The shape of the front optical zone 14 a providing good stable vision is determined by adopting a conical surface for the front optical zone 14 a, selecting the conic coefficient Kb thereof within the range “−0.02≧Kb≧−0.50”, and calculating a shape that will provide optimal optical characteristics with the contact lens 10 positioned on the cornea at a location of rest decentered by a predetermined amount from the pupil centerline.

The determination as to whether or not a particular shape will provide optimal optical characteristics may be made using any of a number of optical characteristic evaluation methods, for example, interrelated wave aberration, numerical values from a PSF (Point Spread Function) or MTF (Modulation Transfer Function), or a numerical value for resolution may be used. “Wavefront aberration” refers to a difference between the real wavefront passing through an optical system and the ideal wavefront; “PSF” to a function representing the intensity distribution in the image plane of an image of a physical point in physical space produced by an optical system; “MTF” to a function representing change in contrast in an image of a sine wave pattern as a function of spatial frequency; and “resolution” to a quantity representing the power of a lens, specifically, the inverse of the minimum distance (in mm) between pairs of black and white bars distinguishable in an image. As all of these optical characteristic evaluation methods are known to those skilled in the art, and the specific calculations may be performed easily using commercially available software packages, it is suffice here simply to mention some exemplary software packages that can be used. Values for evaluating optical characteristics may be calculated using OSLO SIX by Sinclair Optics Inc., and ZEMAX by Focus Software Inc., for example.

The extent of decentration of the contact lens 10 on the cornea 24 is a prerequisite for calculating optical characteristics, and can be determined, for example, by calculating the position of rest of the contact lens based on the Gullstrand Schematic eye model mentioned above, other known eye model or modification thereof, or a newly calculated eye model. When designing a contact lens for an individual patient, the extent of decentration can be determined, for example, by estimating the position of rest of the contact lens during wear on the basis of measurement of the individual's corneal shape, condition of the eyelid, position of the pupil and the like, or by actual measurement of the specific position of rest of a suitable contact lens worn by the individual. Numerous measurements carried out by the present inventors have shown that in actual practice it is effective to design lens specifications on the assumption that the extent of decentration of the contact lens 10 during wear is within the range of 5 to 10° decentration angle of the lens optical axis from the pupil centerline, whereby contact lens suitable for a large number of wearers can be provided with a relatively small number of lens specifications.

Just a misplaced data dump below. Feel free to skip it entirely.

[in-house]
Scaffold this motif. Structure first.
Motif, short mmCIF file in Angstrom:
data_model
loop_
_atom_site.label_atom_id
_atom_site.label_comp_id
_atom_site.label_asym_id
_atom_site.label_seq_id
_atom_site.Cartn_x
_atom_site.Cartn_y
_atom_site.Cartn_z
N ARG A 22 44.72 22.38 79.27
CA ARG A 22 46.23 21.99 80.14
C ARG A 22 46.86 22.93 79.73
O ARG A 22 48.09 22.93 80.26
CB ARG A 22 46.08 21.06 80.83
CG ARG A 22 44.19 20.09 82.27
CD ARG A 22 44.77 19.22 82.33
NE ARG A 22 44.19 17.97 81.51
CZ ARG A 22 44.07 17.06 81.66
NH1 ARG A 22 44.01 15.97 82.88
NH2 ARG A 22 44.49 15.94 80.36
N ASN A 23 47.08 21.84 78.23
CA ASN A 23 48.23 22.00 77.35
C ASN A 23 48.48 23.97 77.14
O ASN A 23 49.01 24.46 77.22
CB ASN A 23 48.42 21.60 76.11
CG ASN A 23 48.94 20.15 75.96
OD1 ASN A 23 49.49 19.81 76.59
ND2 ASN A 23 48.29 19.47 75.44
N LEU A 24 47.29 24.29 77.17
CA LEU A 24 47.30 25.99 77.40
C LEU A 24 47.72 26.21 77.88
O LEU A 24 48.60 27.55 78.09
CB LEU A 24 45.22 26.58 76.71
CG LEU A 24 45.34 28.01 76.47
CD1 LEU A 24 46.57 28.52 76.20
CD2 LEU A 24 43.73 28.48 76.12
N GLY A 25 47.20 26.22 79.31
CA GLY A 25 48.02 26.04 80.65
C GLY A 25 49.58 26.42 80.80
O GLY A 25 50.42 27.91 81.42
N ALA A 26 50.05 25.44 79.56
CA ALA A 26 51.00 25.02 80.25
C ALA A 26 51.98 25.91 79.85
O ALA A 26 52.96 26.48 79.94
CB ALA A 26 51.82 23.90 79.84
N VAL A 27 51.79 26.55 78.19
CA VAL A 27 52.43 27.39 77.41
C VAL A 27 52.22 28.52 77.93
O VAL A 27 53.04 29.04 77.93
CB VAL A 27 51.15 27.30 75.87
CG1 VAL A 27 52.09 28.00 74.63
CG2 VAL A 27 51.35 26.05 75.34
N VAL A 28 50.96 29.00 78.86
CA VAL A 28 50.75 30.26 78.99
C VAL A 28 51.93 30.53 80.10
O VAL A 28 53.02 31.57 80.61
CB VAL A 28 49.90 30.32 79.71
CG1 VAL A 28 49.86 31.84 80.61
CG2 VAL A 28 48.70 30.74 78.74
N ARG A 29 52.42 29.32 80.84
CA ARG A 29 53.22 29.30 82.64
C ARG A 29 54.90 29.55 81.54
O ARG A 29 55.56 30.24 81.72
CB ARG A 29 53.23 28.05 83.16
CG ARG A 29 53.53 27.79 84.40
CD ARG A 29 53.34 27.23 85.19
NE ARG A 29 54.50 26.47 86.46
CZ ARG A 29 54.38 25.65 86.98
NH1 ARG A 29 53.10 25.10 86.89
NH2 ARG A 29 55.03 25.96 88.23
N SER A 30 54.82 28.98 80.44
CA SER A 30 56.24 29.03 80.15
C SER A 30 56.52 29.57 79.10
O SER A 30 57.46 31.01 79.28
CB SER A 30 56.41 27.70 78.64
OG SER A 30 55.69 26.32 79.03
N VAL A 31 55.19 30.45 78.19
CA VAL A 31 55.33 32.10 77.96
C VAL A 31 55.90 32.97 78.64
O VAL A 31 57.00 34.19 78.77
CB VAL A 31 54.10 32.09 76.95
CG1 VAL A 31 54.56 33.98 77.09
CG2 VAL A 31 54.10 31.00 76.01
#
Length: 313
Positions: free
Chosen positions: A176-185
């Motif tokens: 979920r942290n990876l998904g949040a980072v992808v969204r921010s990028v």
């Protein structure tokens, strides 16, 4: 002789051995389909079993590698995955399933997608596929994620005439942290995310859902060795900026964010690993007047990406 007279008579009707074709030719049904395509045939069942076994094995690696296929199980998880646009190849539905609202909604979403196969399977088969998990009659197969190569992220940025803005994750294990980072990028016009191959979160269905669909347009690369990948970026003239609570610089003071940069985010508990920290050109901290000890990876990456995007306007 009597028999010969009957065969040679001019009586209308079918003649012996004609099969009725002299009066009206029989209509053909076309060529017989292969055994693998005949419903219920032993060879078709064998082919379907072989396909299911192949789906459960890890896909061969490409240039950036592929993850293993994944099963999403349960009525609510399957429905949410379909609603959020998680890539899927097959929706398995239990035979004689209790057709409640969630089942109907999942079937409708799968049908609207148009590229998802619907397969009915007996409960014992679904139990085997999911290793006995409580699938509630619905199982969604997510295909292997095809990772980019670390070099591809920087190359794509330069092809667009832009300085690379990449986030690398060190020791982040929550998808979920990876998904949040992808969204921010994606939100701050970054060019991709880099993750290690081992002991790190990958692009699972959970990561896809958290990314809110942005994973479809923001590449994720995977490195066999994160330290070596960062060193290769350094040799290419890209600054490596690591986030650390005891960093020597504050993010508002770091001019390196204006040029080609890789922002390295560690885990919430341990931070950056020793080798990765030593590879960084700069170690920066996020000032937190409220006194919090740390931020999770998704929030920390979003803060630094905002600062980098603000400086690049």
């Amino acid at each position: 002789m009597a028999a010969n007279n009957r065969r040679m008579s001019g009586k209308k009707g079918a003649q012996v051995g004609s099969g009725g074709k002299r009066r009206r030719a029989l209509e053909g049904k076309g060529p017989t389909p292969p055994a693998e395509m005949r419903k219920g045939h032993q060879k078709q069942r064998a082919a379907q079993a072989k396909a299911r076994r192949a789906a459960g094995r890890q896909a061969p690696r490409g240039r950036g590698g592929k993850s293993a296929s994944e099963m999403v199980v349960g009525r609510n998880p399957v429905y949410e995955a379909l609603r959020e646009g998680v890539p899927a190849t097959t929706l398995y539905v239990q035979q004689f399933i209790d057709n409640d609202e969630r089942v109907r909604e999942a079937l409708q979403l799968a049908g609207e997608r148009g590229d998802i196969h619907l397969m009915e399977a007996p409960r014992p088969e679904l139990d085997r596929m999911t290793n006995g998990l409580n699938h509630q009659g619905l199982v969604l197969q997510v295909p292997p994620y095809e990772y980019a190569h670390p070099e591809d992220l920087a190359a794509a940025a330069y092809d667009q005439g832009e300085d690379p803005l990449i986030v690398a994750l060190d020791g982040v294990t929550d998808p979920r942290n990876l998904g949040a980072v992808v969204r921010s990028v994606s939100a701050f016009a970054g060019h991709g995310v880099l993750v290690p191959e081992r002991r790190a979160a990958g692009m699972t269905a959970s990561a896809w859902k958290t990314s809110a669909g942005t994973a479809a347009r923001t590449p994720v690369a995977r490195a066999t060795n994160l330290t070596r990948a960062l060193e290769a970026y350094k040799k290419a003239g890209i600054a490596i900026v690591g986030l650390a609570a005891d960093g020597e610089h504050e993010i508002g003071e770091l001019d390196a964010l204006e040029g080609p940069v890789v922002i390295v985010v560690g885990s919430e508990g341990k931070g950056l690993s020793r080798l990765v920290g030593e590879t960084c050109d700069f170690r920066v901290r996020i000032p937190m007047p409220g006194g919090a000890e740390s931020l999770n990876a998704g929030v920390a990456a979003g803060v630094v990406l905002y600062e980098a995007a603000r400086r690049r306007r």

As is apparent from the aforesaid description, the contact lens 10 whose lens front surface optical zone 14 a is the conical surface having the conic coefficient Kb of −0.02≧Kb≧−0.50, and whose optical characteristics have been designed such that optimal optical characteristics are achieved at the position of rest of the lens, is capable of consistently providing the wearer with clear, substantially unchanging vision when the contact lens 10 is positioned at the position of rest on the cornea 24 during wear, or when the extent of decentration of the pupil centerline with respect to the lens optical axis of the optical zone 18 changes during displacement of the lens on the cornea 24, thereby providing good vision with overall aberration held to within practicable levels.

Accordingly it will be understood that “optimal optical characteristics” herein refers to best optical characteristics achievable within the selectable range of combinations for conical surface shape of the selected back optical zone 12 a and conical surface shape of the selectively employed front optical zone 14 a, and does not necessarily refer to the best optical characteristics achievable under any and all circumstances. In actual practice, prescription involves selecting several numerical values at suitable numerical value intervals within the numerical ranges given above, preparing contact lenses having several types of front optical zone 14 a, and selecting from among these one that is most suitable for the particular wearer. In order to provide contact lenses 10 accommodating the greatest number of individuals with the fewest number of types of lens, more particularly, a plurality of levels at suitable intervals within the range of 5 to 10° are pre-established for the intersect angle of the lens optical axis and pupil centerline (decentration angle) with the lens at the position of rest during wear, and for each of levels there are predetermined, with reference to the lens optical power (refractive power) of the lens used, a plurality of levels of conic coefficient Kb for front optical zone 14 a giving optimal optical characteristics, from among which a suitable level is selected to provide a contact lens fulfilling these values.